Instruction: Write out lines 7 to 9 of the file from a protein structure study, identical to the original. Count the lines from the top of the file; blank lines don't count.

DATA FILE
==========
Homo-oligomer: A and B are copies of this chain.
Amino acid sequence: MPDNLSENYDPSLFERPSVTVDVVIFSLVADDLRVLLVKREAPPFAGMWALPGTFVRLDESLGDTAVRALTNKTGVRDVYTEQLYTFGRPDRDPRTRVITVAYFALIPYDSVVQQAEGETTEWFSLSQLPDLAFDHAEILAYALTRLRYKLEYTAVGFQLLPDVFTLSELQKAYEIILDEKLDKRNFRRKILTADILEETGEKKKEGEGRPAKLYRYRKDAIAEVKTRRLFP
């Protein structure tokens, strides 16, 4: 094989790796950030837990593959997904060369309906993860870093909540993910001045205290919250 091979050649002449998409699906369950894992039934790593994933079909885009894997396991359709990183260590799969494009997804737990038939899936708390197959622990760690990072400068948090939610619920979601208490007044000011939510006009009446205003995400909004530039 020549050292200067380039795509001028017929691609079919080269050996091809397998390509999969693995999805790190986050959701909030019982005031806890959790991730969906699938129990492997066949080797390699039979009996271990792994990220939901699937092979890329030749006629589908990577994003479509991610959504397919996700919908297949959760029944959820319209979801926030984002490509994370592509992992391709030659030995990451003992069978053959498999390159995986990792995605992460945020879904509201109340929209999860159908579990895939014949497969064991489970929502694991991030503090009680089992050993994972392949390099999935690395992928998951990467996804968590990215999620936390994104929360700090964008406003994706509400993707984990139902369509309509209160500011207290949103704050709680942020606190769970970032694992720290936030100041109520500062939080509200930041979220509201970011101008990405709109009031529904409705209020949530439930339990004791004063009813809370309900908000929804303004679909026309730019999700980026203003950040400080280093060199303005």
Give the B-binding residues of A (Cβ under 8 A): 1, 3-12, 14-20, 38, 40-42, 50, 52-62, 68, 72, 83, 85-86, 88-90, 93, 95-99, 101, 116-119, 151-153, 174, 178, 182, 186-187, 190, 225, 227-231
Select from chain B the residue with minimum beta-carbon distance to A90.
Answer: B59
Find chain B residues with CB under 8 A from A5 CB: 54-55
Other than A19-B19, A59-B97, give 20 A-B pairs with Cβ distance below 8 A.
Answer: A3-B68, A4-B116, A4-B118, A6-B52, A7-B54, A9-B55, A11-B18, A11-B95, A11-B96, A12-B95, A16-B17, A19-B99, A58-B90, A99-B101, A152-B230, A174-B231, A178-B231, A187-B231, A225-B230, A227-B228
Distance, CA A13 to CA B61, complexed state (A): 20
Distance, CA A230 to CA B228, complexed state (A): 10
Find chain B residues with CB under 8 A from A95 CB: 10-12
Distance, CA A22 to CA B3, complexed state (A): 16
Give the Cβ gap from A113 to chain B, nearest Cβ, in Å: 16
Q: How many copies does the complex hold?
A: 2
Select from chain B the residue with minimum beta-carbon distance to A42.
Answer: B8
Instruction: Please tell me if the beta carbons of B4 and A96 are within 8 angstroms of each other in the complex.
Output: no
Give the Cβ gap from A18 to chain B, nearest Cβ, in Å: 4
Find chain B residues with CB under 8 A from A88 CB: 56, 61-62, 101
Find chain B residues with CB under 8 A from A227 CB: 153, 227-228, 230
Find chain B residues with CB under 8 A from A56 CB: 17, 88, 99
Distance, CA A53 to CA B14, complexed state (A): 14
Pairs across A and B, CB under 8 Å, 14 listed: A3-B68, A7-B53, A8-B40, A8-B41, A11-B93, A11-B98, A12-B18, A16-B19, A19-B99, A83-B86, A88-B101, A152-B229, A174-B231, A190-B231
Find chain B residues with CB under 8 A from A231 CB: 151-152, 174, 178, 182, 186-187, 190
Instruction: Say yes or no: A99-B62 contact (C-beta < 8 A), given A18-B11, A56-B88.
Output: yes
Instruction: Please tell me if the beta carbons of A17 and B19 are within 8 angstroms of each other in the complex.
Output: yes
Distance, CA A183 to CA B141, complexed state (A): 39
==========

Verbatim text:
Find chain B residues with CB under 8 A from A5 CB: 54-55
Other than A19-B19, A59-B97, give 20 A-B pairs with Cβ distance below 8 A.
Answer: A3-B68, A4-B116, A4-B118, A6-B52, A7-B54, A9-B55, A11-B18, A11-B95, A11-B96, A12-B95, A16-B17, A19-B99, A58-B90, A99-B101, A152-B230, A174-B231, A178-B231, A187-B231, A225-B230, A227-B228